The Scrum Roles for Scrum Masters – Part 2
Non-core roles are also essential to the scrum process and consist of individuals, organizations, or groups that are interested in the project but are not involved in the daily sprints, ceremonies, or every day scrum processes. This includes, but is not limited to, vendors, suppliers, implementation managers, customers, external departments, users, and sponsors. These external stakeholders typically do not contribute to the development of the product or scrum team, but likely use, benefit from or financially support the project. The non-core roles will depend on what is necessary for a project and situation.
Therefore, the Scrum Master’s role in managing non-core roles is two-fold. First, they are responsible for bringing in external stakeholders when necessary and managing expectations, communication, and understanding among these diverse members. Secondly, they are responsible for protecting the Scrum team from uninformed, potentially harmful, or unnecessary opinions and decisions imposed by non-core stakeholders.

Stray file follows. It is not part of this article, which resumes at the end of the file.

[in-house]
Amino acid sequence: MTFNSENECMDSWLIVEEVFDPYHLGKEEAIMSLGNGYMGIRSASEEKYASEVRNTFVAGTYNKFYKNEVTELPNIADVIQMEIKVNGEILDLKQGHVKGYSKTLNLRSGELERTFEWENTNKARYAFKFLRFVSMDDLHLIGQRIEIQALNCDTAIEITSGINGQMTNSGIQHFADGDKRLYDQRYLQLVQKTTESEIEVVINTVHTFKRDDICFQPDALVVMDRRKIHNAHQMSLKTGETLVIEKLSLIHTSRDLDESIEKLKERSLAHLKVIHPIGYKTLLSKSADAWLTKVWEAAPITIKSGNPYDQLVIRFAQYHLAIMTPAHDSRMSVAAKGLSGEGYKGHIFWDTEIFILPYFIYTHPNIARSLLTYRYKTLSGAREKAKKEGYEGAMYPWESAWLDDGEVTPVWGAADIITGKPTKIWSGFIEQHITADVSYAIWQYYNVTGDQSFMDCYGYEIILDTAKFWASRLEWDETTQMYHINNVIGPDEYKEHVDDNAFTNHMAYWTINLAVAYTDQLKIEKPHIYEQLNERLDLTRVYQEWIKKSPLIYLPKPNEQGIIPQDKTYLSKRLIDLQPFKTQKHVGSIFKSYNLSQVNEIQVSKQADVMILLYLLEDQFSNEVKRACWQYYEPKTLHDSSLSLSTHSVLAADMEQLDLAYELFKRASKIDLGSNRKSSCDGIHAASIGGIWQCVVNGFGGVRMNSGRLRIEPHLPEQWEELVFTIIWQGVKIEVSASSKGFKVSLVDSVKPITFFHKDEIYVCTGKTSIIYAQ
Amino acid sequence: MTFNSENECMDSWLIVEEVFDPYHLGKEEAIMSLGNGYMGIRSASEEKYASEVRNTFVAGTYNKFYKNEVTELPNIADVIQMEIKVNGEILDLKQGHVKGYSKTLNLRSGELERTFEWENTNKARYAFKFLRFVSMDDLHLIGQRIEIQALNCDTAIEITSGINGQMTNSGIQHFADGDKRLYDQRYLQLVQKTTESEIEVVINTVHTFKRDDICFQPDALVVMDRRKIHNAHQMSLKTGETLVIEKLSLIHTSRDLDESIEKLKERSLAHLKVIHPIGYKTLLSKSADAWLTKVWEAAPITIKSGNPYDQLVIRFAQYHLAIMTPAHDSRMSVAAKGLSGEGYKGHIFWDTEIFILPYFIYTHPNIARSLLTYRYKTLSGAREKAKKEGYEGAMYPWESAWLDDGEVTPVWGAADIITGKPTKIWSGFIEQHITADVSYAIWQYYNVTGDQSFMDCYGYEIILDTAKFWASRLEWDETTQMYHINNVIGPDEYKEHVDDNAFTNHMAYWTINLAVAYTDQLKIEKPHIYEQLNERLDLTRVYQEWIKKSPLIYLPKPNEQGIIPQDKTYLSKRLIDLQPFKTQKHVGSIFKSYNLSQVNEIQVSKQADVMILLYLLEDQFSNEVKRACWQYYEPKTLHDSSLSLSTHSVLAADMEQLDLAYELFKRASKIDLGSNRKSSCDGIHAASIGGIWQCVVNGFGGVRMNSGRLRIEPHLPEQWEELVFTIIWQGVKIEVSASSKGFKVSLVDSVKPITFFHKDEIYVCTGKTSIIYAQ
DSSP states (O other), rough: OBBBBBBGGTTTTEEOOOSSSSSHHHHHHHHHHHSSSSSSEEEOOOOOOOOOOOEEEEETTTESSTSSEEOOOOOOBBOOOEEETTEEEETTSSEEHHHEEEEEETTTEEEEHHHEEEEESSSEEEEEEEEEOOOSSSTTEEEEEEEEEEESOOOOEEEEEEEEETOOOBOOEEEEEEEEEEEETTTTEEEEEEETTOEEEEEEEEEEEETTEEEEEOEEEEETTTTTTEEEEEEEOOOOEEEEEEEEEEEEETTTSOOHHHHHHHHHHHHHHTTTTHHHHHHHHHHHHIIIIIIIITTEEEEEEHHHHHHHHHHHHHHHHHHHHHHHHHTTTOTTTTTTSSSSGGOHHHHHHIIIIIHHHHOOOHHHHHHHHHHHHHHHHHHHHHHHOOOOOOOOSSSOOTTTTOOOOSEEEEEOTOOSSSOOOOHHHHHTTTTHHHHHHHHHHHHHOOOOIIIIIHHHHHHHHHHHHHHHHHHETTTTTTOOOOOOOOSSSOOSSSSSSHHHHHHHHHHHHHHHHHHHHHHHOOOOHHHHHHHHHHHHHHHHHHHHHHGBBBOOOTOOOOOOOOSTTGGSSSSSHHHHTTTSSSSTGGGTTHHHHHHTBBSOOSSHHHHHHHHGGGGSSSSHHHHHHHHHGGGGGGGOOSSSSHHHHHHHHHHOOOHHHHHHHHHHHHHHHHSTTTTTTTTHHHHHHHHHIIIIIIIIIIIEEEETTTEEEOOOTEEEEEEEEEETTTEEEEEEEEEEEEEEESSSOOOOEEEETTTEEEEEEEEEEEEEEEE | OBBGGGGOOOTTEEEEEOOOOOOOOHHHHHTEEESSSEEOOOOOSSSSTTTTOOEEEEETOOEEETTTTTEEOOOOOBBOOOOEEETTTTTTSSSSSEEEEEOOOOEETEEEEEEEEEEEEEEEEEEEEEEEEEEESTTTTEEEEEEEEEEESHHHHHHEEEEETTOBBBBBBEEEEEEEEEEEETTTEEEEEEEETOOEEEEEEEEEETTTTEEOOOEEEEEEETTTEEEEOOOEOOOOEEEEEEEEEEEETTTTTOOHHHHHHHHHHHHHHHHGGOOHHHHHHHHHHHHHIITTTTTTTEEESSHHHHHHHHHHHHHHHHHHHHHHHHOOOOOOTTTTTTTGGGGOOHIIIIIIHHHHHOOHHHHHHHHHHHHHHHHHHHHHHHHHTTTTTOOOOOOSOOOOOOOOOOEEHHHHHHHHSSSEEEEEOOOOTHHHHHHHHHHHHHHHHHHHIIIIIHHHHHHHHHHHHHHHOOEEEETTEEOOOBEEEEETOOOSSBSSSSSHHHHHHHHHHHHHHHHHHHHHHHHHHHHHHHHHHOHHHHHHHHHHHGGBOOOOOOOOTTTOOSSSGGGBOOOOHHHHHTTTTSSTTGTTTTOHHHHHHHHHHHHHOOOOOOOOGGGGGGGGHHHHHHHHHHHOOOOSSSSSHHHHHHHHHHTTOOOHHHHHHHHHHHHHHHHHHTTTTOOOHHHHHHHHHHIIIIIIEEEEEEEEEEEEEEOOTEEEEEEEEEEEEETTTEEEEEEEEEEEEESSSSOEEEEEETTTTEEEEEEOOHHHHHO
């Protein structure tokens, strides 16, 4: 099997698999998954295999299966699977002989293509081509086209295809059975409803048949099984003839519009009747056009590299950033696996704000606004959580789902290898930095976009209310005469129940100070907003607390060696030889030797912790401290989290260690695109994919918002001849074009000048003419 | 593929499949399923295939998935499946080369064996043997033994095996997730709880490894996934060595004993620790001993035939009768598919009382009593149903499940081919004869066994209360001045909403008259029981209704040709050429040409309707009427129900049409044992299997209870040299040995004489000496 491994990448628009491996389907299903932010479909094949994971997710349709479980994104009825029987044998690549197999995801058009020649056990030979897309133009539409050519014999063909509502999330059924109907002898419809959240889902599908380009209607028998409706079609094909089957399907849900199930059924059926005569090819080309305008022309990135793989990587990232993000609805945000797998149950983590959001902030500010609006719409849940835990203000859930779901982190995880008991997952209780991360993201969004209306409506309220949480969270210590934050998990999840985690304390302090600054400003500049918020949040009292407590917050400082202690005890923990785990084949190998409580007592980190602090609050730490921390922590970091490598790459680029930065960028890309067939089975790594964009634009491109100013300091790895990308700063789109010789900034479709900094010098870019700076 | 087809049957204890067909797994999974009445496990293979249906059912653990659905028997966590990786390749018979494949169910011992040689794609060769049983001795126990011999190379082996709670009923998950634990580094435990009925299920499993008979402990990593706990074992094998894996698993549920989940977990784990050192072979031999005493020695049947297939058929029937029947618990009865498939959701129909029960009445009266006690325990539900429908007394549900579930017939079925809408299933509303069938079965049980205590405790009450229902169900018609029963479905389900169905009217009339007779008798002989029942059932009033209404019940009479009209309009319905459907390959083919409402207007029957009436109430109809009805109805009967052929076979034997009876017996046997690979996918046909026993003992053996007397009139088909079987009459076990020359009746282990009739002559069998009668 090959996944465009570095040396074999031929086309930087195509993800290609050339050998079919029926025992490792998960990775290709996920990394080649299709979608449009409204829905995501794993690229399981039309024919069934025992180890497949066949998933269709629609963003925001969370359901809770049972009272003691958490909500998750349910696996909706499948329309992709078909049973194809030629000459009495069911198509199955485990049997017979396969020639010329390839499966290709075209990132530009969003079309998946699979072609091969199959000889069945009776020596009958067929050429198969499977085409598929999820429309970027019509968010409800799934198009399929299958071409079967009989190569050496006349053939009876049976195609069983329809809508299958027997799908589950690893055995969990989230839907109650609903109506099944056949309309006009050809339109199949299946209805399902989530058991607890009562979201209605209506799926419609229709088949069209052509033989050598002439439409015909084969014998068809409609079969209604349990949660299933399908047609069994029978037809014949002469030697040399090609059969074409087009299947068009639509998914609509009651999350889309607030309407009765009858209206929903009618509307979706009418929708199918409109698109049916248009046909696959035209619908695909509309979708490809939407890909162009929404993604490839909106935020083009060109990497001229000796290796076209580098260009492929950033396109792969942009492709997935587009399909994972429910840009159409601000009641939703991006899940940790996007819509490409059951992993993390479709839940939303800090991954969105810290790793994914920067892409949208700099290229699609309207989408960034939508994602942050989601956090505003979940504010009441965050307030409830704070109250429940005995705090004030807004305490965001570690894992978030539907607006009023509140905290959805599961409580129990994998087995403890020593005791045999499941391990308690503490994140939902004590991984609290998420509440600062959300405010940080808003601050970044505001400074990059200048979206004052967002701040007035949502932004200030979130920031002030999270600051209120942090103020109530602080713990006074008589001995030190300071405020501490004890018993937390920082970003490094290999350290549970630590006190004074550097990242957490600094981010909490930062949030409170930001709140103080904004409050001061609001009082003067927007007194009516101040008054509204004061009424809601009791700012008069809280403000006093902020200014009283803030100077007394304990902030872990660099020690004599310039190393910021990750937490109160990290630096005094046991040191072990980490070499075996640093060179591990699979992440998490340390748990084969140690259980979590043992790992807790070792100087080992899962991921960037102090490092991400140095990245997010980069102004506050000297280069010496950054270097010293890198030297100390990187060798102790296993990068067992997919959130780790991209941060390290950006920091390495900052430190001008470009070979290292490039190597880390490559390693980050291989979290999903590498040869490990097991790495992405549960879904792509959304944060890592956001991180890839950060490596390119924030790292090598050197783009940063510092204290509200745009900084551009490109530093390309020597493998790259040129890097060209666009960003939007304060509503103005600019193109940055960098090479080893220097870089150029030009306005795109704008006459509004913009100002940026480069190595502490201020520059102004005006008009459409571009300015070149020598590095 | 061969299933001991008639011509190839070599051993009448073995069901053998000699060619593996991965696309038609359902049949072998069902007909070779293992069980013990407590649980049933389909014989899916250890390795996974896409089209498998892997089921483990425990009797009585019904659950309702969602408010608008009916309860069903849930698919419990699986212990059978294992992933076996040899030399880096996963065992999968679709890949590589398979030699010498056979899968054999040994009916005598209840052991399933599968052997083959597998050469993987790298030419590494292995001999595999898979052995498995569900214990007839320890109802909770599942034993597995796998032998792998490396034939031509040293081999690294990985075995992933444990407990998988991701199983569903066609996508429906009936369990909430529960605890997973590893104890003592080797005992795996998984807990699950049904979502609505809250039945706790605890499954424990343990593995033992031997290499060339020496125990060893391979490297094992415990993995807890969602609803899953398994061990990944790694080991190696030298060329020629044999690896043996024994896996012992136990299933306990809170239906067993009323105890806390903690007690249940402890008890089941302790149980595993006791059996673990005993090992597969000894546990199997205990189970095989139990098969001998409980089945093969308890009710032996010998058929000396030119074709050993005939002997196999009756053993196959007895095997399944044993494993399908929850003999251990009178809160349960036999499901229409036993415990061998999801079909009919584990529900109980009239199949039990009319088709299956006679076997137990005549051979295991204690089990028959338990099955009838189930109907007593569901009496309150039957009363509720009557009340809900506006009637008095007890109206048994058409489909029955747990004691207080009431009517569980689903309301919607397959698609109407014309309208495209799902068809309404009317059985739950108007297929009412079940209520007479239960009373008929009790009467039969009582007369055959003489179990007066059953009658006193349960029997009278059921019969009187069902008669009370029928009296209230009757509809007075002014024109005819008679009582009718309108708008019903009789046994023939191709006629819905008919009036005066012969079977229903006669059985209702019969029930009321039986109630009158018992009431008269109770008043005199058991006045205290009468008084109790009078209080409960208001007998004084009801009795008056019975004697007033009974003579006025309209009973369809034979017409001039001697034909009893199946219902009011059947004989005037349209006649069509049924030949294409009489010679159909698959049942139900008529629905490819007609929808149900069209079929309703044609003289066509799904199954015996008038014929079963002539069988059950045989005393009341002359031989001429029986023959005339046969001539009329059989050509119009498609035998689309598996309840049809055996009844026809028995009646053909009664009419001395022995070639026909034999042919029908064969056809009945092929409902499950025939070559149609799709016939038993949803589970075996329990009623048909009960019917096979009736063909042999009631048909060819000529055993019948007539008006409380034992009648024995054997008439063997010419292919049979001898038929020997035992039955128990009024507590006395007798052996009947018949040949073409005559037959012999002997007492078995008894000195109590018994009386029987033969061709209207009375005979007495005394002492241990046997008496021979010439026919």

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External stakeholders may create disturbances for a number of reasons: “ignorance, weak enforcement, failed support, habit, lack of faith, contention for control, or legitimate input”. Thus, a number of suggested solutions for a Scrum Master addressing these difficulties include: “be consistent, conduct training, have a contract, use the retrospective pro-actively, bring stakeholders to the Scrum,” and protect your team as a guard dog protects his post. Balancing between bringing external stakeholders and setting rules for levels of involvement should be of the utmost importance to the Scrum Master.